James Murdoch has castigated the US media for the ‘‘toxic politics’’ threatening American democracy, saying proprietors are as culpable as politicians who ‘‘know the truth but choose instead to propagate lies’’.
The remarks by Rupert Murdoch’s youngest son, in an interview with the Financial Times and a further joint statement with his wife Kathryn, are his strongest public rebuke of America’s news industry since he parted ways with the family business built by his father.
Asked whether America’s dominant conservative news network Fox News had played a role in the riot that rocked Washington on January 6, James Murdoch said media groups had amplified election disinformation, leaving ‘‘a substantial portion’’ of the public believing ‘‘a falsehood’’.
‘‘The damage is profound,’’ Mr Murdoch said. ‘‘The sacking of the Capitol is proof positive that what we thought was dangerous is indeed very, very much so. Those outlets that propagate lies to their audience have unleashed insidious and uncontrollable forces that will be with us for years.
‘‘I hope that those people who didn’t think it was that dangerous now understand, and that they stop,’’ he added, while noting he had not ‘‘seen any evidence of that yet’’.
During the interview, set up to discuss his latest digital venture in India, Mr Murdoch did not directly mention Fox News, his father, who founded it, or his brother Lachlan, the chief executive of the Fox Corporation.
Fox News did not immediately respond to a request for comment. The network has long stressed the divide between its opinion programming and news coverage. While many Fox News hosts have championed the policy agenda of Donald Trump, the network’s journalists have often broken stories critical of the President.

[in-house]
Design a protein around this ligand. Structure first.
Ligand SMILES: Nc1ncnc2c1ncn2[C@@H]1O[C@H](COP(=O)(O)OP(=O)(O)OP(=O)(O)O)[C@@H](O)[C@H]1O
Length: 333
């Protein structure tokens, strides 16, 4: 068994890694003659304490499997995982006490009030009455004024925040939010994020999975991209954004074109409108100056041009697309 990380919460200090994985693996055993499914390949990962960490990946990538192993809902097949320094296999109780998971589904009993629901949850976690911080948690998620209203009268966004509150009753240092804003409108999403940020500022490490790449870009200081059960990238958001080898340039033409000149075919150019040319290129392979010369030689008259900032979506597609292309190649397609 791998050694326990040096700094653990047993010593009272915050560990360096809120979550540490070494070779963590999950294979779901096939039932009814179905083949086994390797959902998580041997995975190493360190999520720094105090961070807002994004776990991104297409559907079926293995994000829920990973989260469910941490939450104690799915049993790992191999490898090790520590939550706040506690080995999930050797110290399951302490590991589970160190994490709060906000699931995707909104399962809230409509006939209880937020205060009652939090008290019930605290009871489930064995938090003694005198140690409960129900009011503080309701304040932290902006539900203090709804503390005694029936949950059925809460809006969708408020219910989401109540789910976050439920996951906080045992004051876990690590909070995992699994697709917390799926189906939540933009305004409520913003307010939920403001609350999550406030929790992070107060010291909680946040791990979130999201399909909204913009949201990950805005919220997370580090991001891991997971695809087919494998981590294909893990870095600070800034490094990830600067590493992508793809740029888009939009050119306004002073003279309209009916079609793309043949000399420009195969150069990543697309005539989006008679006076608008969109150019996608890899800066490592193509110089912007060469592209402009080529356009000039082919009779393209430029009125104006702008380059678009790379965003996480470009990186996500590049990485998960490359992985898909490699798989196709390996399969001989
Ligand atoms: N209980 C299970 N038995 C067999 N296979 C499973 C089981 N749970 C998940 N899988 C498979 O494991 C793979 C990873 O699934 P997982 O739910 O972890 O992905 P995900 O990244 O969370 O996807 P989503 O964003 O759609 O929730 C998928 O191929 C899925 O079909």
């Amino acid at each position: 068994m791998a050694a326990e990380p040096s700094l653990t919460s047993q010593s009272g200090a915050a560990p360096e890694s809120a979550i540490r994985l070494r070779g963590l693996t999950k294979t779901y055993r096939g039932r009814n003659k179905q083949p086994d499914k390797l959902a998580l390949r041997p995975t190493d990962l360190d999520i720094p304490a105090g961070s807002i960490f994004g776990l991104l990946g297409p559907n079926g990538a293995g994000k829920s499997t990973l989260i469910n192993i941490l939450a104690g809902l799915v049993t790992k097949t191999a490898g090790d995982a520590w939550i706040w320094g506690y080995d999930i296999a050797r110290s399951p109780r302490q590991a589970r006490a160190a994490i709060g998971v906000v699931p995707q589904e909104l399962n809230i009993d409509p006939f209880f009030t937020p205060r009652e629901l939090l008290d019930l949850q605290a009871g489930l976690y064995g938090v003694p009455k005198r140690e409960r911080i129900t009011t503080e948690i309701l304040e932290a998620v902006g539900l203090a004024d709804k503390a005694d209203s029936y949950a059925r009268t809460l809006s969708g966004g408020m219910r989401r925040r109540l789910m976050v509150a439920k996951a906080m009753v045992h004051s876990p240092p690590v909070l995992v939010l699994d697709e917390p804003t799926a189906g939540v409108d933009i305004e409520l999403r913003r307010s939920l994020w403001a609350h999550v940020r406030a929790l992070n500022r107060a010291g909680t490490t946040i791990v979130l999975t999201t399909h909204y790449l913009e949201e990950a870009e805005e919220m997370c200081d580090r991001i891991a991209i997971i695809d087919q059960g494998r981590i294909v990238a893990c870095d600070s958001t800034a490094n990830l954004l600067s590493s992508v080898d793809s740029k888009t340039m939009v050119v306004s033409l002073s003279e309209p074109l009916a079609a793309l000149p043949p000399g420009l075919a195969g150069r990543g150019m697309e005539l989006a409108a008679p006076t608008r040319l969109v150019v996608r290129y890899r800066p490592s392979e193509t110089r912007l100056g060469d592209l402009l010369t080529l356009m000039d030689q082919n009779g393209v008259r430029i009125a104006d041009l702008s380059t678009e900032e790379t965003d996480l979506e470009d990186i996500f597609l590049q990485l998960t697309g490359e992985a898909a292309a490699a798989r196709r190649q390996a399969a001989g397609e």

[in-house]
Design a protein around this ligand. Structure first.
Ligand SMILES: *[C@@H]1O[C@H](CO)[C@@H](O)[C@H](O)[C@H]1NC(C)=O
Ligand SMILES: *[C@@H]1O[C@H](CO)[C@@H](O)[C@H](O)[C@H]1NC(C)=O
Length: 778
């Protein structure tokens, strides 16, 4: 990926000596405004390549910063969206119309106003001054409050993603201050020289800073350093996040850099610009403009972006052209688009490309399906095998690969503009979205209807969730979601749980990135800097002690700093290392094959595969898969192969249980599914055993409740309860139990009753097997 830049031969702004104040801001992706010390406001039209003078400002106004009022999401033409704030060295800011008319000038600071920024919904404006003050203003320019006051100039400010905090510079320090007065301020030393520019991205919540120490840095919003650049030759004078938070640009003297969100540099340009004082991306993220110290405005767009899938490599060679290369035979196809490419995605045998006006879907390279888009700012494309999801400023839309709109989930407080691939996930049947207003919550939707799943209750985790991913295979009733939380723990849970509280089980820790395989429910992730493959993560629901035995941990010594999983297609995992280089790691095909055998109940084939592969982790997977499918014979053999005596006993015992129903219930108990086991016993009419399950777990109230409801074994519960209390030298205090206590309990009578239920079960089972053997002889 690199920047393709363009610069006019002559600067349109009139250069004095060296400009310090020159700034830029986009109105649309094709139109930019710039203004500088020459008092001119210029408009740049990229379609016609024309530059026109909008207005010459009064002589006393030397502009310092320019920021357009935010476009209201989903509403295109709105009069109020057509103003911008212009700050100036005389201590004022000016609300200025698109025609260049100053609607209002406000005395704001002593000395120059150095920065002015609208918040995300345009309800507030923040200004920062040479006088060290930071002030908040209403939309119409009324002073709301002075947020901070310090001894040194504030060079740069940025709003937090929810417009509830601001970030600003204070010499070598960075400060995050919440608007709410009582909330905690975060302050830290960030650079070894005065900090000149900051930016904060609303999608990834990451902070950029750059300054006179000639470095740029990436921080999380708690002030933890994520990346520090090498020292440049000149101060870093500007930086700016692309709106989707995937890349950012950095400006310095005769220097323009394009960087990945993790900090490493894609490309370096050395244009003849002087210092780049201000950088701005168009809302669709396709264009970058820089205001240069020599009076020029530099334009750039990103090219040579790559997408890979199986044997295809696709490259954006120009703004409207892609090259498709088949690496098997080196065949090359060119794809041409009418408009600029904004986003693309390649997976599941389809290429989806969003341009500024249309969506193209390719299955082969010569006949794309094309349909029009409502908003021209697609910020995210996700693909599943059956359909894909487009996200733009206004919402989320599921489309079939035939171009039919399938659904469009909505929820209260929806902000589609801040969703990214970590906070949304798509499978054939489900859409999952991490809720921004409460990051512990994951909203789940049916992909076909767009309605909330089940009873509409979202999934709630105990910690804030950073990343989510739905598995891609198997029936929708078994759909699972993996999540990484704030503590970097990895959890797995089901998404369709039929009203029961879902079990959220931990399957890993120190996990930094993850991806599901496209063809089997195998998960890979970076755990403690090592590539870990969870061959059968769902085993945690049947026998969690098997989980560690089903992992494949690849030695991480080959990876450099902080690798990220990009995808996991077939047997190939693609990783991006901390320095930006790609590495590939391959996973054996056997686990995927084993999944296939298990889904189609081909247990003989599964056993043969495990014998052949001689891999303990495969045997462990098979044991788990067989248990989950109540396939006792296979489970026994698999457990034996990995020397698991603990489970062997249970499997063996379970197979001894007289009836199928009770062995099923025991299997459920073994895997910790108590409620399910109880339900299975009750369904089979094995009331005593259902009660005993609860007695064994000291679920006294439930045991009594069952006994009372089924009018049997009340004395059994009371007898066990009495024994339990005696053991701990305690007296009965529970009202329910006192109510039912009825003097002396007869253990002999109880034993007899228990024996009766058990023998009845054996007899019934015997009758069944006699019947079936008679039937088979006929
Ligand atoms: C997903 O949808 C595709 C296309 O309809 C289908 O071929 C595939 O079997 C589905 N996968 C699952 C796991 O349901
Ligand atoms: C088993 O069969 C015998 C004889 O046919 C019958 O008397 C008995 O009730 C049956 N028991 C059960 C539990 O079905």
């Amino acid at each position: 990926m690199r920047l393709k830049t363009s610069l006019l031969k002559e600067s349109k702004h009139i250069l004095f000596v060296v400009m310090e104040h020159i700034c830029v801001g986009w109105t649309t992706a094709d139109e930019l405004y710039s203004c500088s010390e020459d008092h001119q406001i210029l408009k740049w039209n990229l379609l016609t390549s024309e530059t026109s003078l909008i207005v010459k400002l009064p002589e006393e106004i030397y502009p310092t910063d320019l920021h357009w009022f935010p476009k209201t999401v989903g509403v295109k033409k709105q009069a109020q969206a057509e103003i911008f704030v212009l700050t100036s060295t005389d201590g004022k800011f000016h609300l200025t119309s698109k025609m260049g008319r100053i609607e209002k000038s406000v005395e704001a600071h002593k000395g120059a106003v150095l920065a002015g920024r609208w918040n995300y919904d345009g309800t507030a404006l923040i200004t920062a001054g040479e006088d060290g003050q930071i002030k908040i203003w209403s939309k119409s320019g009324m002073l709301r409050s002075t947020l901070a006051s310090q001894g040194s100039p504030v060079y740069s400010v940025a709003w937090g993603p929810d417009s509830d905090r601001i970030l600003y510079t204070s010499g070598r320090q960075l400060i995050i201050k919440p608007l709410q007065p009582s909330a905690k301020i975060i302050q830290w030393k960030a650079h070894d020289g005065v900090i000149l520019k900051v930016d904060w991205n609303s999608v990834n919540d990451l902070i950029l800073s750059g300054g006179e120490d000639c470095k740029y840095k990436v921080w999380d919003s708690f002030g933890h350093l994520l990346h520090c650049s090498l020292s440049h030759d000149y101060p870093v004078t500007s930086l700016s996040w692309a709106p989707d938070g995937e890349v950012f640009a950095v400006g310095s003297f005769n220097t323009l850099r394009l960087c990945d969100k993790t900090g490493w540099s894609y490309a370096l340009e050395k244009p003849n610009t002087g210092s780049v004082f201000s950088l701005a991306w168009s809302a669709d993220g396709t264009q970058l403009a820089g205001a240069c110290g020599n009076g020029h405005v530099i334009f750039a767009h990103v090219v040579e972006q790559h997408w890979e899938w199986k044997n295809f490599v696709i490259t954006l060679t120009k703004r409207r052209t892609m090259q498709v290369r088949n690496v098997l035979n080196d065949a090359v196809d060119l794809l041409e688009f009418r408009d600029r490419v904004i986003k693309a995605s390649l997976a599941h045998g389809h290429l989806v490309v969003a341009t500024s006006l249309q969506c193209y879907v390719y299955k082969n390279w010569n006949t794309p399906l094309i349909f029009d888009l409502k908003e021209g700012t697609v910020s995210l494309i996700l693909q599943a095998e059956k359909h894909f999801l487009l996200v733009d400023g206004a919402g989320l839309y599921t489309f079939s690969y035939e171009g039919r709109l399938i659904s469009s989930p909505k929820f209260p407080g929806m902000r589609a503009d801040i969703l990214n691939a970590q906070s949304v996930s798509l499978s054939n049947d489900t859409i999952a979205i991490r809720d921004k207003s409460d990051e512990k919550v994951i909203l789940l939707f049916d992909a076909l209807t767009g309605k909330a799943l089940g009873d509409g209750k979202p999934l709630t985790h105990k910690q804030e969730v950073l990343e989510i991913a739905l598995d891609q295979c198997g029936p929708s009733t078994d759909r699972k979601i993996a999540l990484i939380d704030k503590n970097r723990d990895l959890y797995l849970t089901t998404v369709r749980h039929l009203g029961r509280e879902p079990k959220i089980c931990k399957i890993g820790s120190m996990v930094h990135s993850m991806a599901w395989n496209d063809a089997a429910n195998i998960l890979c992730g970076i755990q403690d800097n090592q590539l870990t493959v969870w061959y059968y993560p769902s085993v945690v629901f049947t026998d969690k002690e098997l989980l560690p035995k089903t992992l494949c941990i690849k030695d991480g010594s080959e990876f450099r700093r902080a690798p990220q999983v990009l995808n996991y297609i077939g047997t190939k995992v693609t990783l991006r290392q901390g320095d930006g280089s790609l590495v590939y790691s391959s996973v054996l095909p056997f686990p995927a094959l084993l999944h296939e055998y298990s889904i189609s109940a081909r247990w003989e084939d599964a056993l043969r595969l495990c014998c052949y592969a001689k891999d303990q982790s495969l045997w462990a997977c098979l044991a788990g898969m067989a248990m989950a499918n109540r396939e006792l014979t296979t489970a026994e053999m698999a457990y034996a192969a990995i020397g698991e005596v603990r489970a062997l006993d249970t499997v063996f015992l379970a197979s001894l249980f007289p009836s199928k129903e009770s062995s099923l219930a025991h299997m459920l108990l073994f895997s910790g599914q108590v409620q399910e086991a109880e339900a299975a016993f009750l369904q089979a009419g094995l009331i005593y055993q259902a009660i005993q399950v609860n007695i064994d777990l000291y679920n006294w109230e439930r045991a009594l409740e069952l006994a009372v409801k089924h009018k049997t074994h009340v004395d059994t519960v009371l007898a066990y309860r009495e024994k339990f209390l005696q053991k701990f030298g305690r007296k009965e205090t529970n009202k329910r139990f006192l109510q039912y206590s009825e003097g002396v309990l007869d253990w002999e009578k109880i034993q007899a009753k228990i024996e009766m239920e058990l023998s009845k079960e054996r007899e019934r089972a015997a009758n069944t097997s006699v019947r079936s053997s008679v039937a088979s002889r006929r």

Mr Murdoch, who was chief executive of 21st Century Fox from 2015 to 2019, said he was also speaking on behalf of his wife Kathryn, with whom he has charted an independent path from the conservative politics of the Murdoch empire. The couple were big donors to US President-elect Joe Biden’s presidential campaign and have backed organisations fighting climate change and fake news.
Rupert Murdoch’s six children each received up to $US2 billion ($2.6 billion) from the break-up of his media empire and the sale of his entertainment businesses to Walt Disney in 2019. Overlooked in the family succession battle, James went on to use the funds to establish Lupa Systems, an investment vehicle to build a media portfolio.
In August, he withdrew completely from the family’s news operations, resigning from the board of News Corp – which owns a stable of titles ranging from the Wall Street Journal to The Sun – because of ‘‘disagreements over certain editorial content’’.
While his objections are well known, until now he has been relatively guarded with public criticism. James, along with his siblings, still owns a significant share of the family trust, which people close to the Murdochs have speculated might be used to influence the direction of the empire after Rupert relinquishes control.
‘‘Spreading disinformation – whether about the election, public health or climate change – has realworld consequences,’’ James and Kathryn Murdoch said in a joint statement following the FT interview.
‘‘Many media property owners have as much responsibility for this as the elected officials who know the truth but choose instead to propagate lies. We hope the awful scenes we have all been seeing will finally convince those enablers to repudiate the toxic politics they have promoted once and forever.’’
When asked whether he saw signs of change, Mr Murdoch replied that he prayed people would ‘‘come to their senses’’ and said there was bound to be ‘‘a reckoning’’ for media.
Owners of news organisations, he said, were ‘‘being co-opted by forces that only want to stay in power, or are manipulating our discourse from abroad and are only too happy to make a mess and burn things down’’.
Alex Barker is the Financial Times’ Global Media Editor. Original post here.